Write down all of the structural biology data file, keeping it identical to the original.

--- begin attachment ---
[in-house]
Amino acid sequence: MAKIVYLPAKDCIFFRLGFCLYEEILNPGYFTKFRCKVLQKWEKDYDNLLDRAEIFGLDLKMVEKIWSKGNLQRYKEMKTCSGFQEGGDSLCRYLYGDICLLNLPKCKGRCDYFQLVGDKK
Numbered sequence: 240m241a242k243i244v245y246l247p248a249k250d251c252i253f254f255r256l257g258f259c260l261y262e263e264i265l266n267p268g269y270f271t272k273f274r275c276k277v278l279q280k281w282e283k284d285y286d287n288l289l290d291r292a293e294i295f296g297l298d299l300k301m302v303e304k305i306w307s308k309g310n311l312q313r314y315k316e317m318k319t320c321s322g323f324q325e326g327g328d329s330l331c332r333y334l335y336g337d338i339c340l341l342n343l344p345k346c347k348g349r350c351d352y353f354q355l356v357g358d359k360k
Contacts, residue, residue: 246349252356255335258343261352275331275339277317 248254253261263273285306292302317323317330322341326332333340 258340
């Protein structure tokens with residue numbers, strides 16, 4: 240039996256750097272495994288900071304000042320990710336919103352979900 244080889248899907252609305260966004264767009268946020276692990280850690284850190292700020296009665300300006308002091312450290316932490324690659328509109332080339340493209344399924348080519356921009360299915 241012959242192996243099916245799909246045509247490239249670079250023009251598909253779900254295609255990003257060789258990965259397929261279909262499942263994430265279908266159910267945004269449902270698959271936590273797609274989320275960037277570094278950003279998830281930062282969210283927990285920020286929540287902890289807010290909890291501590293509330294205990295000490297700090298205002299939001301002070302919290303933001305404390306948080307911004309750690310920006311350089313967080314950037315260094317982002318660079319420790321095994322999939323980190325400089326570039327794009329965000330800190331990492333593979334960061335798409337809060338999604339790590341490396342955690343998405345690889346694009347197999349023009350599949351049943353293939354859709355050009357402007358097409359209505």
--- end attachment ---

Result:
[in-house]
Amino acid sequence: MAKIVYLPAKDCIFFRLGFCLYEEILNPGYFTKFRCKVLQKWEKDYDNLLDRAEIFGLDLKMVEKIWSKGNLQRYKEMKTCSGFQEGGDSLCRYLYGDICLLNLPKCKGRCDYFQLVGDKK
Numbered sequence: 240m241a242k243i244v245y246l247p248a249k250d251c252i253f254f255r256l257g258f259c260l261y262e263e264i265l266n267p268g269y270f271t272k273f274r275c276k277v278l279q280k281w282e283k284d285y286d287n288l289l290d291r292a293e294i295f296g297l298d299l300k301m302v303e304k305i306w307s308k309g310n311l312q313r314y315k316e317m318k319t320c321s322g323f324q325e326g327g328d329s330l331c332r333y334l335y336g337d338i339c340l341l342n343l344p345k346c347k348g349r350c351d352y353f354q355l356v357g358d359k360k
Contacts, residue, residue: 246349252356255335258343261352275331275339277317 248254253261263273285306292302317323317330322341326332333340 258340
């Protein structure tokens with residue numbers, strides 16, 4: 240039996256750097272495994288900071304000042320990710336919103352979900 244080889248899907252609305260966004264767009268946020276692990280850690284850190292700020296009665300300006308002091312450290316932490324690659328509109332080339340493209344399924348080519356921009360299915 241012959242192996243099916245799909246045509247490239249670079250023009251598909253779900254295609255990003257060789258990965259397929261279909262499942263994430265279908266159910267945004269449902270698959271936590273797609274989320275960037277570094278950003279998830281930062282969210283927990285920020286929540287902890289807010290909890291501590293509330294205990295000490297700090298205002299939001301002070302919290303933001305404390306948080307911004309750690310920006311350089313967080314950037315260094317982002318660079319420790321095994322999939323980190325400089326570039327794009329965000330800190331990492333593979334960061335798409337809060338999604339790590341490396342955690343998405345690889346694009347197999349023009350599949351049943353293939354859709355050009357402007358097409359209505």